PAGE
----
Low Oil, High Risk

Oil prices have reached their lowest since the 1990s with prices per barrel going as low as 27 dollars per barrel, from a high of 120 dollars in early 2014. It was assumed at the beginning of the oil glut that it would not affect western developed economies which are mainly importers and not directly affected by declining demand from China.

However, this year, a number of major US and European producers have had to announce job cuts and close some of their rigs.  Surprisingly, or   maybe not, some African oil producing countries have increased their capacity in the past two years.

High oil prices, generally, are said to have a negative impact on global economic growth. Low oil prices would mean greater economic activity as overall inflation and prices will be lower. But, things are not as simple as that.

Many Western rigs are being closed. Given this, why are African countries increasing their production instead of cutting it down like Europe and the US so that prices go up?

The last time there was such a plunge it took 20 years for oil prices to recover. There will be variances in impact for different economies. This means the increased production by some African countries may still work in their favour depending on other economic activities and factors in a nation.

In many oil producing countries, government is the biggest investor in the industry. If government investments are not well diversified, it would mean that lower oil prices would result in less income.

Government is also the largest spender in most economies. If it does not spend, it means there is less money in circulation resulting in high inflation. This is the position of Nigeria right now which is experiencing the highest inflation rates (10pc), it has had in recent years. However, its government is diversifying into other sectors like infrastructure.

Storing oil is expensive. This means when prices go down as they have right now, some countries will stop producing with the intention of cutting costs and driving the price back up. However the Organisation of Petroleum Producing Countries (OPEC) in which most African oil producing countries are members, has no intention of reducing production, so prices continue to be low. This means they continue to maintain their market share and probably may grow market share if other rigs close.

Infrastructural investment is at its highest in the continent. This increases demand for oil and this should continue – at least in the short to medium terms. Most African oil producing countries cannot meet their own need, let alone that of the continent.

The growing demand is also facilitated with improved trade agreements within the continent. Increased production means that the growing demand is met – albeit at lower prices and with lower income for governments.

The best time to invest in an industry is during a down-trending bear market as opposed to an upward trending bullish market. In a bear market, costs of investment in infrastructure are at their lowest point and when the market peaks, one is likely to make the highest return on investment.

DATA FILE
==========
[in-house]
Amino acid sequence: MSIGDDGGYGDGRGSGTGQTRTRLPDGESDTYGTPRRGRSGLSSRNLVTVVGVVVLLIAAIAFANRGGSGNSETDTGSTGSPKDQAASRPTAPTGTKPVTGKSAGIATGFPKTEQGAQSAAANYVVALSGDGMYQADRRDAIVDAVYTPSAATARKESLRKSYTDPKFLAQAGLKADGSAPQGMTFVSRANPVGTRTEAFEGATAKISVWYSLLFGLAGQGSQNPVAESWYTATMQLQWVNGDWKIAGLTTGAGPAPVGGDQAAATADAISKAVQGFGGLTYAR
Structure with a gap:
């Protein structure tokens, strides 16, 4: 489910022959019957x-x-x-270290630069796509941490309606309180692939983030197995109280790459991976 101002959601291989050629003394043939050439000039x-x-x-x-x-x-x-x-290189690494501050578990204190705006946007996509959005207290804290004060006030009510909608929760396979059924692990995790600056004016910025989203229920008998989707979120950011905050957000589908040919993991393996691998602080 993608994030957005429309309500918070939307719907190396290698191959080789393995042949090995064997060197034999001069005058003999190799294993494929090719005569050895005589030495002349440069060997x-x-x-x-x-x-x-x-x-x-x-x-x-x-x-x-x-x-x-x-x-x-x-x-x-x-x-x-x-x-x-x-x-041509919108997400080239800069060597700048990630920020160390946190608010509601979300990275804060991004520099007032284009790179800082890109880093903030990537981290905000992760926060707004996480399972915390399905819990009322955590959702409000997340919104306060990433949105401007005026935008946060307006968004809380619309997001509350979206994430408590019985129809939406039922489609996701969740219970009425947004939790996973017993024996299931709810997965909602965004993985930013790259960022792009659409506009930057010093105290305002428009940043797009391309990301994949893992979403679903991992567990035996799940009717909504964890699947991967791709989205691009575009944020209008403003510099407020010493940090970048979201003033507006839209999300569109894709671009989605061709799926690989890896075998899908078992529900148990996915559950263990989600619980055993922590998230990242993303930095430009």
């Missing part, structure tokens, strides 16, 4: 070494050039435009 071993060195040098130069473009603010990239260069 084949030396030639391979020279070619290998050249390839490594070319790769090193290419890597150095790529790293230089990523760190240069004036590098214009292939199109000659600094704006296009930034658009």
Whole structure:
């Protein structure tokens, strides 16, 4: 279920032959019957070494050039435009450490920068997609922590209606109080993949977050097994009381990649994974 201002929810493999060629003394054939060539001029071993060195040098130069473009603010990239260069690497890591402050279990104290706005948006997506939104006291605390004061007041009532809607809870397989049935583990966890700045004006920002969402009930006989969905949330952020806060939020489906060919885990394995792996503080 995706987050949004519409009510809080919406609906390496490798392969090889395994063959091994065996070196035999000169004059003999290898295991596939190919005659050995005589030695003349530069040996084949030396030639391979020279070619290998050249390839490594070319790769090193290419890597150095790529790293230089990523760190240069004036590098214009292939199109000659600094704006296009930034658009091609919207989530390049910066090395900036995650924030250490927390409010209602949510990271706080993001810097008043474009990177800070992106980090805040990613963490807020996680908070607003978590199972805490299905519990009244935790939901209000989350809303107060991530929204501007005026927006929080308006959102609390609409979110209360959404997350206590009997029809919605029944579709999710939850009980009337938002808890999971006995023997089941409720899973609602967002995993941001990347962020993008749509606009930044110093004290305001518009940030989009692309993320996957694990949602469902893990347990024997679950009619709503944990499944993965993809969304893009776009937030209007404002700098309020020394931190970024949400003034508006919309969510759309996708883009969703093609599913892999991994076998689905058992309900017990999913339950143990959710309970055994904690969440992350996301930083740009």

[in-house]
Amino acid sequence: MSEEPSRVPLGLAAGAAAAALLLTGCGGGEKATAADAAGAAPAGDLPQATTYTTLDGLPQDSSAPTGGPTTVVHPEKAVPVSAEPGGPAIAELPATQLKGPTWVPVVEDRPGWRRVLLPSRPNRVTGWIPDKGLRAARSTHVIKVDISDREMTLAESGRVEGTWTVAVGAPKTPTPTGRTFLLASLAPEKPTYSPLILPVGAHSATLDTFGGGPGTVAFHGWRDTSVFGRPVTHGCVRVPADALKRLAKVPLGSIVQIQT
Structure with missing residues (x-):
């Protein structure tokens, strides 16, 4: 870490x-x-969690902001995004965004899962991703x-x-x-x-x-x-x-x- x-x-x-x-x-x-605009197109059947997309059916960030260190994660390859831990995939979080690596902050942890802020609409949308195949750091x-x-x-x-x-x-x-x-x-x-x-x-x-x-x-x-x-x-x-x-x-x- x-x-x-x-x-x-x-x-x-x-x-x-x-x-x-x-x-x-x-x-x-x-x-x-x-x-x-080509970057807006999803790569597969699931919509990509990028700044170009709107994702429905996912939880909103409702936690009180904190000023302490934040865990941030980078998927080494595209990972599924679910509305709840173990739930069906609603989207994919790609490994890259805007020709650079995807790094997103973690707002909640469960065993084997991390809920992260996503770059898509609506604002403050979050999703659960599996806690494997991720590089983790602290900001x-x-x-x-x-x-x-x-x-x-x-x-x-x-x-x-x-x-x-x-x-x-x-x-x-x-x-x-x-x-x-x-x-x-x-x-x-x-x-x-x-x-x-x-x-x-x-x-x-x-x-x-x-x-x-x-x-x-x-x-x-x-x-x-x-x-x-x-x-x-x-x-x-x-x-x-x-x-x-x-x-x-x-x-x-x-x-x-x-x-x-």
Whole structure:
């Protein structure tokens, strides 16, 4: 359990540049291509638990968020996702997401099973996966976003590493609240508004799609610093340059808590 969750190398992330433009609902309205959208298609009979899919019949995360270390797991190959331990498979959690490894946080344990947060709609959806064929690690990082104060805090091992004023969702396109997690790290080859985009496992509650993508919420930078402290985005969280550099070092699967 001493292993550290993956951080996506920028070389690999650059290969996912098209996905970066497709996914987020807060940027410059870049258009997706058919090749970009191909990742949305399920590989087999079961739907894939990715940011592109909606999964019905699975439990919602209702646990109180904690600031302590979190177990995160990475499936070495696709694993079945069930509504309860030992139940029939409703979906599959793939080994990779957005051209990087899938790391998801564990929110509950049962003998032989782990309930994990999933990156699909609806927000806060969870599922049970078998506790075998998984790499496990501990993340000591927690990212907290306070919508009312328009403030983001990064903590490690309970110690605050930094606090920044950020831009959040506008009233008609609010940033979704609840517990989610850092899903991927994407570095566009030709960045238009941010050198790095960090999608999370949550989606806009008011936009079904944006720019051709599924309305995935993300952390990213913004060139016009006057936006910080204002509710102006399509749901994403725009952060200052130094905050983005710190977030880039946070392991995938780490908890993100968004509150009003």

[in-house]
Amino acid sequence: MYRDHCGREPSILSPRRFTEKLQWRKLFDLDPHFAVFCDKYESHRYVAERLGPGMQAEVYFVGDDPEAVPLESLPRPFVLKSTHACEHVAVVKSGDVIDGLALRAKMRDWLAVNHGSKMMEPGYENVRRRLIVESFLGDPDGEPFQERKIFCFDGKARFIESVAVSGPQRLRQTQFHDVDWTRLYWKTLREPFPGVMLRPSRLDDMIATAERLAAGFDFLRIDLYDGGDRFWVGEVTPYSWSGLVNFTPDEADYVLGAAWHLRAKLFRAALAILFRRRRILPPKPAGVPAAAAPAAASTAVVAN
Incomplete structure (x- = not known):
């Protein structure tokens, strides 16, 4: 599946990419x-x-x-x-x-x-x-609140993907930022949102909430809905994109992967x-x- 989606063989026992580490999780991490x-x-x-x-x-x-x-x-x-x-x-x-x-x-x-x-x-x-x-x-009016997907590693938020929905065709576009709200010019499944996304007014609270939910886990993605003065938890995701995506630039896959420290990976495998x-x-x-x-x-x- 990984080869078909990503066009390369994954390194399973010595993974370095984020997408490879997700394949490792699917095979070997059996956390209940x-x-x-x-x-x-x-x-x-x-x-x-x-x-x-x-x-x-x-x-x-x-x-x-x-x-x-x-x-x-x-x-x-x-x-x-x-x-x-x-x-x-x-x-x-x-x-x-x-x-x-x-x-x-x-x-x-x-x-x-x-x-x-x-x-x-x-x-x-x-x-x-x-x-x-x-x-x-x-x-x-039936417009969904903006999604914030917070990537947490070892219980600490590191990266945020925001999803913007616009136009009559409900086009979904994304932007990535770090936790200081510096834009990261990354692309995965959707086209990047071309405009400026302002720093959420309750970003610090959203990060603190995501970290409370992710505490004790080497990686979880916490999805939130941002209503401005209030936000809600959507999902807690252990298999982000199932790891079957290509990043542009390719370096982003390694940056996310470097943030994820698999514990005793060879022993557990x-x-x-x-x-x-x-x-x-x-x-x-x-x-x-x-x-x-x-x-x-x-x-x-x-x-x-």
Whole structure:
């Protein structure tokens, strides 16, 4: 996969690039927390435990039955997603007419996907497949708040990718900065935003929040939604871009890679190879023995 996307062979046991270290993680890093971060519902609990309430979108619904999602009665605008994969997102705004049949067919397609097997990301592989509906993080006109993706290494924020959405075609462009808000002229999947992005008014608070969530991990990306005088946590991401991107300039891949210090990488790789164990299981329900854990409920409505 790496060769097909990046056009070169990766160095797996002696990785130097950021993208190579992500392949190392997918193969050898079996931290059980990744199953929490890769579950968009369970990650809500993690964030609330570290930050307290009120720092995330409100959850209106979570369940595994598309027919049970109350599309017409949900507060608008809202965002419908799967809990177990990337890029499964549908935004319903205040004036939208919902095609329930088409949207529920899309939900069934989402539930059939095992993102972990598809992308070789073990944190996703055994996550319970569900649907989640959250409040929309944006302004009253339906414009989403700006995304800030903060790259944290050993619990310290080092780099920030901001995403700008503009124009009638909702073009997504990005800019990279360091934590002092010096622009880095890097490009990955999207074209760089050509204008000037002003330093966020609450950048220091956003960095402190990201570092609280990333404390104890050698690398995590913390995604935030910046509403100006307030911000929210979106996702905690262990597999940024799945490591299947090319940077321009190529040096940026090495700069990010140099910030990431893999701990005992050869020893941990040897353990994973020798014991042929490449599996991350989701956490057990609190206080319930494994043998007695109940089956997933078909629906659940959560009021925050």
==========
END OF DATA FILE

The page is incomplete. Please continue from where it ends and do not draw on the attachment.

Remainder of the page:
While it may not make sense to buy crude oil futures at the moment, the opposite is true for infrastructural investments and some stocks. It may be difficult to tell whether current prices are at their lowest, however, chances are that they are close to their lowest point.

Even for OPEC countries, there will soon be a need to sustain barrel prices at rates that will ensure they can sustain production. This may not be at a price that is affordable to western producers where operational costs are high, but is sustainable in African and Arabic markets with lower operational costs.

These are just a few of the reasons it makes sense that some African countries would be increasing their production capacity now. Investments made in the industry before 2011 would be quite expensive and prices would have to rise significantly to justify investments. However, even with the lower prices, as long as there is increasing demand, it may just be possible for these nations to make good on their investments.

At the same time exploration in the East African countries is going on with no one talking about the glut. Investments in infrastructure and negotiations on how different countries will get their oil to market are on going. In Europe and Asia, there has been reduced activity or investment highlights of energy saving technology especially in private vehicles.

After all, if fossil energy stays low in cost there will be little need for cheaper energy. Most people are generally more concerned about their personal comfort (which most energy saving vehicles do not provide), than about cleaner environments. Probably the next big inventions will be around cleaning the environment, rather than around reducing the use of fossil energy.

By Annabel Onyando
is a business coach. She can be reached at annabelonyando@yahoo.com.

Published on Mar 14,2016 [ Vol 16 ,No 828]



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